The Inverted Mirror: Mythologizing the Enemy in France and Germany, 1898-1914

TitleThe Inverted Mirror: Mythologizing the Enemy in France and Germany, 1898-1914
Publication TypeBook
Year of Publication2005
AuthorsNolan, Michael E.
Number of Pages141
PublisherBerghahn
CityOxford
Abstract

This book examines recurrent themes in the public presentation in France and Germany of the image of the enemy from 1898 to 1914. During the decade-and-a-half before the First World War, each of these two nations projected certain assumptions about national character onto the other in creating its primary enemy. Most notably, the qualities each country ascribed to its chief adversary appeared to be exaggerated or negative versions of precisely those qualities that it perceived to be lacking or inadequate in itself. Banishing of “undesirable” traits and projecting them onto another people was also an essential step in the consolidation of national identity. The Franco-German relationship in these years represented a perfect symbiosis of antipathy, fear, and envy. As such, it established a pattern that has become all too familiar to students of nationalism and xenophobia in the late twentieth century. [Author]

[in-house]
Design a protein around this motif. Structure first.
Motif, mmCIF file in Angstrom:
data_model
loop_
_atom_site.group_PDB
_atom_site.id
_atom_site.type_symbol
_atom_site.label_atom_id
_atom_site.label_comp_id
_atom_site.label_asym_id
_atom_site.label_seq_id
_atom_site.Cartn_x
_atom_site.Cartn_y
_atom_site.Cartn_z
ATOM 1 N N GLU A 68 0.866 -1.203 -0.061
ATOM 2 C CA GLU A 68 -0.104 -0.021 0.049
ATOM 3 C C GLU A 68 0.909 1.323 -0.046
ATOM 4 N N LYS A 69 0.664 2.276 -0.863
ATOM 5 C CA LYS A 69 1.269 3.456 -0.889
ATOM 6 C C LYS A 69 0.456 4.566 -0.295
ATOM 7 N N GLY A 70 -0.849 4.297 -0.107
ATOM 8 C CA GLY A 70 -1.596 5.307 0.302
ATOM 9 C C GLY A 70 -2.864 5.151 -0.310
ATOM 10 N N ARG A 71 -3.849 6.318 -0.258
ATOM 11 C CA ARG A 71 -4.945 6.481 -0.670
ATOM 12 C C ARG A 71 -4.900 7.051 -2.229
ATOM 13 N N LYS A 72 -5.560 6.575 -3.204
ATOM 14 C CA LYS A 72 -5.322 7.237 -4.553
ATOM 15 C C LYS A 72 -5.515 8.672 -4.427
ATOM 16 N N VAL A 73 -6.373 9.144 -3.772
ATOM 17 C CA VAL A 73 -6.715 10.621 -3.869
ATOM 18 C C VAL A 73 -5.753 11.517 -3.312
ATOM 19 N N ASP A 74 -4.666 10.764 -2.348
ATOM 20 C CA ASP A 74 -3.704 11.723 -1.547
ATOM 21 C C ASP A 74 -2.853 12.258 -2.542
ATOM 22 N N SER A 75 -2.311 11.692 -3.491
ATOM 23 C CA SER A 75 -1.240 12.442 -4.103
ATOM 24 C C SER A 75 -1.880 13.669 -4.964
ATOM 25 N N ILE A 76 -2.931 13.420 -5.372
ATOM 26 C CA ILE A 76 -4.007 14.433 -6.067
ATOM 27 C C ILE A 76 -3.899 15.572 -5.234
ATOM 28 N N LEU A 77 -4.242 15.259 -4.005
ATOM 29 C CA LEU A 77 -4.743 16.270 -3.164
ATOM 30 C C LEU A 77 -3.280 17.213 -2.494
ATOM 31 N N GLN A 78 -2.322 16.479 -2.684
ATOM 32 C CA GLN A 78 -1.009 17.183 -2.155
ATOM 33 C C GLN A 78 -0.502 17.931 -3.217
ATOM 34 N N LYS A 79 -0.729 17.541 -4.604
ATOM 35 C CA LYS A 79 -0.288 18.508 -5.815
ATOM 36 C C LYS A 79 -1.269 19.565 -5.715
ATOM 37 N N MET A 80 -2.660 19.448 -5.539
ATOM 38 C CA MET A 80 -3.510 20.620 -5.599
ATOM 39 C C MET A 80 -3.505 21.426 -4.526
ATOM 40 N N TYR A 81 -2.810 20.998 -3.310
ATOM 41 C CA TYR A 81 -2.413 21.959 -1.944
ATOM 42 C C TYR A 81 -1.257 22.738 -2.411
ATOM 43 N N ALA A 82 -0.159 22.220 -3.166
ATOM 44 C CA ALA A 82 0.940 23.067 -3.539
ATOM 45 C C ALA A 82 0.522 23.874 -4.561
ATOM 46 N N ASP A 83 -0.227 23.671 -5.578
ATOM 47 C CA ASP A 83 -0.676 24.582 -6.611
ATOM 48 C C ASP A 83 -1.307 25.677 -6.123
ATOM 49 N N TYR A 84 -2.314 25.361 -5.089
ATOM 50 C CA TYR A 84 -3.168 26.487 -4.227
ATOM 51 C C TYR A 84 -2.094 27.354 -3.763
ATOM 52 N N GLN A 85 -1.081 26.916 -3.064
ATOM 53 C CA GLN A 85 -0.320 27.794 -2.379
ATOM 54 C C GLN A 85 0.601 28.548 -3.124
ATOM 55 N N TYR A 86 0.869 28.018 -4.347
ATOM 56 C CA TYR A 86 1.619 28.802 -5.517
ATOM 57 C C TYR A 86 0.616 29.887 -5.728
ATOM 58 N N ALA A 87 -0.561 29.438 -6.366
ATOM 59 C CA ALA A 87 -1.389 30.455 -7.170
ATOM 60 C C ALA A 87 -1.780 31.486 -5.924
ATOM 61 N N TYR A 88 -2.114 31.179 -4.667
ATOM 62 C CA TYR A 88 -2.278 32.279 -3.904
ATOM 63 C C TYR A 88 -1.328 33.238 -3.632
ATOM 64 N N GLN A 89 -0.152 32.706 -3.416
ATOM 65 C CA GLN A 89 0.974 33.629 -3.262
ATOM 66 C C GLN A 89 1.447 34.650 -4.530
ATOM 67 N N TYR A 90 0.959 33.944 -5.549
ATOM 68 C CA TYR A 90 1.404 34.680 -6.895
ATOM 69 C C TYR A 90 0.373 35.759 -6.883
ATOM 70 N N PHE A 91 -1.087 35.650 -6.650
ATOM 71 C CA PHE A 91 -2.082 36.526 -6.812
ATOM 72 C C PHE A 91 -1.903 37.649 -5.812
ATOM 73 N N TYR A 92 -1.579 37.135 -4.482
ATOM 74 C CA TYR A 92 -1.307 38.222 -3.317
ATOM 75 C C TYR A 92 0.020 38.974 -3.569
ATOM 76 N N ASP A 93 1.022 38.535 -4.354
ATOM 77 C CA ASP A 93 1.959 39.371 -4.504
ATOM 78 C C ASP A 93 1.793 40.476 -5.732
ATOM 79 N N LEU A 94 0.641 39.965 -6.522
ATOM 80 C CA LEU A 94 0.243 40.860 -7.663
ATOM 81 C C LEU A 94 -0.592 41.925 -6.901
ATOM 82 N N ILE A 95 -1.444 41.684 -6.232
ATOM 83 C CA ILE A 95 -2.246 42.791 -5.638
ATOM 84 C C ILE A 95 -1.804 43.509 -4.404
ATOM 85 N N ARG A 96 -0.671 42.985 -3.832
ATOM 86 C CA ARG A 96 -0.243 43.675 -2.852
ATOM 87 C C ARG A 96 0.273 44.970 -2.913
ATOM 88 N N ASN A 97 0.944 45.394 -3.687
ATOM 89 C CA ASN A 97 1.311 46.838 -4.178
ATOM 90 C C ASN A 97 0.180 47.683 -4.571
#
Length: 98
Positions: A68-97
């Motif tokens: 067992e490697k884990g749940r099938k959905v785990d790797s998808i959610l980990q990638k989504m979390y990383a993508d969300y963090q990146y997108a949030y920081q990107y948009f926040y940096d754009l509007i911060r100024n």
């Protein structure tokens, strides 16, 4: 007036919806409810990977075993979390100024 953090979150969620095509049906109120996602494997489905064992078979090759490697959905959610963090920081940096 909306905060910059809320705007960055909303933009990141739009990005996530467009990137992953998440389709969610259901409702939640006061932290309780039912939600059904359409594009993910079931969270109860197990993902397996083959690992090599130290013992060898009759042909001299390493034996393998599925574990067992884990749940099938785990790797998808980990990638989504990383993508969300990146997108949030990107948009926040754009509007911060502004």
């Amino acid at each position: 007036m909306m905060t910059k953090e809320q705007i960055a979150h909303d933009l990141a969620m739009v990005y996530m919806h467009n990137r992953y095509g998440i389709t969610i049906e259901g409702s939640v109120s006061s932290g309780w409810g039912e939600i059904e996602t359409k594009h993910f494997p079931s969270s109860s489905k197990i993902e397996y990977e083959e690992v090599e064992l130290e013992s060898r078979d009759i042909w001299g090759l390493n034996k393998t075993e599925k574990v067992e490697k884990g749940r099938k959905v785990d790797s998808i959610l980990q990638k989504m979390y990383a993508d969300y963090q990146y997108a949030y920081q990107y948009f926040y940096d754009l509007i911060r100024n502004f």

URLhttp://www.jstor.org/stable/10.2307/j.ctt9qcq0z
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470532228

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